SEPTEMBER 20 — Hundred-twenty-four. Remember the number.
Since these are busy days.
Both the Anwar Ibrahim and Mahathir Mohamad camps are stuck in seemingly perpetual political negotiations to up their respective MP counts, especially to procure the unofficial tally lead within the tally — of Malay parliamentarians.
It is odd, this race for support. Especially, if one swallows whole the official version of the purported political balance in the country, where both are BFFs.
In this harmonious hugs-a-bountiful world, Anwar is in an inevitable two-year parade to the PM position, at which point, a benevolent Mahathir relegates himself to senior minister under the PKR president.
The Pakatan majority remains safe, Umno despondent without power, other Barisan Nasional (BN) parties in free fall to extinction before the next general election, and PAS sits pretty laughing at all sets of politicians who see the material world desirable, when only heaven truly matters and waits for them.
The ideal stable transfer of power from Mahathir to Anwar in 2020, 22 years late, but better late than never.
If one sucks it all in.
When Pakatan Harapan’s 116 parliamentarians — including the three winning independents who’ve aligned with the coalition — are added up with Sabah’s Warisan eight, it’s 124. The magic number which exceeds the minimum majority (112) by 12 seats.
It’s not the gold standard of parliamentary majorities, and therefore offers Umno a lifeline to threaten the lead.
That is until other factors are considered, because instructively, it is Umno and no more BN. Not a coalition of 14 parties anymore.
This is due to Umno’s old partners’ conviction that a BN without federal power is of no value. Blatant overtures have been made by these Borneo parties to Pakatan instead to avoid backlash and retain their relevance in East Malaysia.
In the past, political parties in both Sabah and Sarawak have collapsed or been done over when they are not in cahoots with whoever is in control of Putrajaya.
Factor also, Umno has experienced dire desertions, the latest being former senior ministers Mustapa Mohamed and Anifah Aman.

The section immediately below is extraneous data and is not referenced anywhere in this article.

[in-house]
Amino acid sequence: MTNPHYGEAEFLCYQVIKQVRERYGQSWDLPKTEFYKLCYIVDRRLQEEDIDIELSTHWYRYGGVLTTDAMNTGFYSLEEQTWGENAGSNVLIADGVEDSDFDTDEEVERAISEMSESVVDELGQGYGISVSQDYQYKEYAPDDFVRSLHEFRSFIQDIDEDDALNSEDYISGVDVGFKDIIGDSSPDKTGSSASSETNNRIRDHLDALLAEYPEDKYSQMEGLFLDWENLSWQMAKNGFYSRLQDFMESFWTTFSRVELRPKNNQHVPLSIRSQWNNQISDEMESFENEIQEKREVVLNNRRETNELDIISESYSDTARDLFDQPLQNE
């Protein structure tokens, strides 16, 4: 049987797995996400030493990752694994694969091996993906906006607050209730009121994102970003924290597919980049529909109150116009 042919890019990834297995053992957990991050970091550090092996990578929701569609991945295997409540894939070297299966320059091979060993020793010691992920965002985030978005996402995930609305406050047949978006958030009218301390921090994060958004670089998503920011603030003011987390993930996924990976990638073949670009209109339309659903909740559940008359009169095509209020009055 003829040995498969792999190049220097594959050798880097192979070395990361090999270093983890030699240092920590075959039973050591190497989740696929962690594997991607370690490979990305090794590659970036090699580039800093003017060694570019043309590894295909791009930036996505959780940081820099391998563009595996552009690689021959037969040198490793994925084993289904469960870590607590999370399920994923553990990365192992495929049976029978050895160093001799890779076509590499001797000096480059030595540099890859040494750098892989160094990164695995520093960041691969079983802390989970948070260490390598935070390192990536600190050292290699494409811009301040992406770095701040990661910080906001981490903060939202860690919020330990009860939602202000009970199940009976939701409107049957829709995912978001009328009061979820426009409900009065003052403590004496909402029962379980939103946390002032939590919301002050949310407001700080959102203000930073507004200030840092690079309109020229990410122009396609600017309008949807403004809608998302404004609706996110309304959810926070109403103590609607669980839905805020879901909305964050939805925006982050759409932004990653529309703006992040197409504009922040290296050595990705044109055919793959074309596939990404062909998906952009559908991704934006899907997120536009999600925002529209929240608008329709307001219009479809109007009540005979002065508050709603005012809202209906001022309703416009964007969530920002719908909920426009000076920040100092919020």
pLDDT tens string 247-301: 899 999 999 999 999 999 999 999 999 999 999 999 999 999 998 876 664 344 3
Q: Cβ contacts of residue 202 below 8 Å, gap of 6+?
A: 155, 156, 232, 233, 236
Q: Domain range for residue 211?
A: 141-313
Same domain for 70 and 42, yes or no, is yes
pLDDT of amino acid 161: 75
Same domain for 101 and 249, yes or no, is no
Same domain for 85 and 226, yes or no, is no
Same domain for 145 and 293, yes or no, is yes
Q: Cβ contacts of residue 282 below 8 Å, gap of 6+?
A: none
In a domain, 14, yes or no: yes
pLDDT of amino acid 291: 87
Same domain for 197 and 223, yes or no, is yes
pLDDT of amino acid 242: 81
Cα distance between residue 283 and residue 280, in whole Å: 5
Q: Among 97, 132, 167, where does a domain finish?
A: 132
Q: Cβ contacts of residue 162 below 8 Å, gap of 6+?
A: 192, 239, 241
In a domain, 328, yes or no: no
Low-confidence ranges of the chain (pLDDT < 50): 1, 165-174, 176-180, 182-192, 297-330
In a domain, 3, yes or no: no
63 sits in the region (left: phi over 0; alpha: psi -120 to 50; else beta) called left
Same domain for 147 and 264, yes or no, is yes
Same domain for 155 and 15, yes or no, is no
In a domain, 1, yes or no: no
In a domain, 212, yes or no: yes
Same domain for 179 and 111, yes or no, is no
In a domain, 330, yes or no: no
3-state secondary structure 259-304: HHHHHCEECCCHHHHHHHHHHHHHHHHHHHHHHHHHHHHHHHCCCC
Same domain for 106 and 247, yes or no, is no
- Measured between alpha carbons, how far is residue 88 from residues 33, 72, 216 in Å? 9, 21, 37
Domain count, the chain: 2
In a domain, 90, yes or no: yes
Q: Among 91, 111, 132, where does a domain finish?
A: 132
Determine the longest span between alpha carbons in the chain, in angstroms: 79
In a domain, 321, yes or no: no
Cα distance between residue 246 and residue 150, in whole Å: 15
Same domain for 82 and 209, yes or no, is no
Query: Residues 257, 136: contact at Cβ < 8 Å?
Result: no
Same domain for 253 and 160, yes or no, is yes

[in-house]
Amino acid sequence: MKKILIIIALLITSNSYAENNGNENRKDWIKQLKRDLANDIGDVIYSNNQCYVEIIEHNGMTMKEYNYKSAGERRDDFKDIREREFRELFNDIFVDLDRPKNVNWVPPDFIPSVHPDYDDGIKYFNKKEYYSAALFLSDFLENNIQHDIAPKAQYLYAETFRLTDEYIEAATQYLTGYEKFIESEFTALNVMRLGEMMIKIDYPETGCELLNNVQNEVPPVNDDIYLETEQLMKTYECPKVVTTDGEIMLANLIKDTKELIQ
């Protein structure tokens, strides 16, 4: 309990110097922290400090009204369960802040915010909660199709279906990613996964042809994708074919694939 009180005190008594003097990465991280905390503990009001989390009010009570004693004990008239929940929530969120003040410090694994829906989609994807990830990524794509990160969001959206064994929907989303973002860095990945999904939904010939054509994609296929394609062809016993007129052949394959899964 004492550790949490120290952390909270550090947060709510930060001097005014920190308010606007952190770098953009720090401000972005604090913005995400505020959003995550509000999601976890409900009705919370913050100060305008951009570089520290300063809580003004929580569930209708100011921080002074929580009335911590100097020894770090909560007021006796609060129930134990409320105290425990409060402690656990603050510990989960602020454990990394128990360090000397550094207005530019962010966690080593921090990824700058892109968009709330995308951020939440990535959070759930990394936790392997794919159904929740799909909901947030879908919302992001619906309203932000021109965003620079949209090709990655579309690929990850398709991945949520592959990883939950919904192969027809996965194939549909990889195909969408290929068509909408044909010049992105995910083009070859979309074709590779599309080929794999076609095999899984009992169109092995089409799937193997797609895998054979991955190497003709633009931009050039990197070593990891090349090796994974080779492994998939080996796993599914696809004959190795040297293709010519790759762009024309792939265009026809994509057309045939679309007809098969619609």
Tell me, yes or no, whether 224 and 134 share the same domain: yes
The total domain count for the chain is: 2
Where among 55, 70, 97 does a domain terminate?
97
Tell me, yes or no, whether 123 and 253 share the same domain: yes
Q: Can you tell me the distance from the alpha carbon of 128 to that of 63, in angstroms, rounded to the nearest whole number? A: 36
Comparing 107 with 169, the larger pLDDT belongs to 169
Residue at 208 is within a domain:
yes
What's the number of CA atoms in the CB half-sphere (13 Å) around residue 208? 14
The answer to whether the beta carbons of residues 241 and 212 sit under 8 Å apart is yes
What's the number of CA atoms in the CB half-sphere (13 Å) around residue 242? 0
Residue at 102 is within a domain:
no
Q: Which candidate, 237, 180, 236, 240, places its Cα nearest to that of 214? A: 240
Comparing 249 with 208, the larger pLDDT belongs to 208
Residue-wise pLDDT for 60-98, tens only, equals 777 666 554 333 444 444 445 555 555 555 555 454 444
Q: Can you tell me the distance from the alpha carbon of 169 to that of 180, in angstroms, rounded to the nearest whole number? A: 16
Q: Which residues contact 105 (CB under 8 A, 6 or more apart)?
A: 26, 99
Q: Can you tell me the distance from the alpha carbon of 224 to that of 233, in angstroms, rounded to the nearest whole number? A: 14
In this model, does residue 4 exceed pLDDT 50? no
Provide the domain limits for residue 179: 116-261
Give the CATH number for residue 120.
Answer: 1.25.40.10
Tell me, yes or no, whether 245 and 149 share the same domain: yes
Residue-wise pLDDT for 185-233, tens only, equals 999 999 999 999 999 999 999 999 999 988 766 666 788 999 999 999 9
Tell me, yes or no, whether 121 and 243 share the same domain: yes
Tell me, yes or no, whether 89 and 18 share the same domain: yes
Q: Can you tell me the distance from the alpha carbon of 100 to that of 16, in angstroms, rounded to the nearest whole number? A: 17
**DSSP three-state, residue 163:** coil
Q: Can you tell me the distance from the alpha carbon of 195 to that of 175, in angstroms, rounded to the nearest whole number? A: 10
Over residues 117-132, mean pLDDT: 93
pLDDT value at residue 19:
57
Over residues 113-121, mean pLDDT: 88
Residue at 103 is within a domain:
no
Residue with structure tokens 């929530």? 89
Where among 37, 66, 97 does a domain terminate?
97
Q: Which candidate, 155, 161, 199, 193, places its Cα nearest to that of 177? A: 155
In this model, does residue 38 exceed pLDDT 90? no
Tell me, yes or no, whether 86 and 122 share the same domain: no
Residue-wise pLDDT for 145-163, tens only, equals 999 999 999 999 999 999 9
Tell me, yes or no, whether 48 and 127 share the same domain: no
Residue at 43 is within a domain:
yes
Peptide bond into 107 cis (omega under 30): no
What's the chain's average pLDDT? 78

So when the 27 neutrals — 23 in Borneo and four in Semenanjung — are held up as indirect support to the present government, the situation is precarious for Umno, which only has PAS to flirt with.
Pakatan finds itself with 151 MPs not opposed to its government. That’s bloody wonderful for the coalition.
Which means Umno is left to look for 112 from 67 seats left in Parliament, which is not possible. In other words, they are screwed. Even when combined with PAS’s 18.
Which begs the opening question. If Pakatan is in a healthy lead, and relations are hunky dory among PKR, DAP, Pribumi, Amanah and Warisan, why are the two factions — PKR and Pribumi — recruiting MPs aggressively?
Anwar wills Umno leaders to cross over, and as an olive branch to his PKR members who look on with trepidation, assures a better vet. Mahathir denies Umno appeasements but admits the repentant can abandon his old party for his new one.
One section of Umno openly offers to campaign for Anwar in a forced by-election while another Umno section readies to compete in it. Will the real Umno, please stand up?
The Pribumi mentri besar of Perak, Ahmad Faizal Azumu, speaks of more exits which must petrify Umno leadership since there are nine MPs in the silver state after one quit early on (Bukit Gantang’s Syed Abu Hussin Hafiz Syed Abdul Fasal). And even the Padang Besar MP Zahidi Zainul Abidin meanders and admits to talks, which brings the whole northern corridor into the discussion.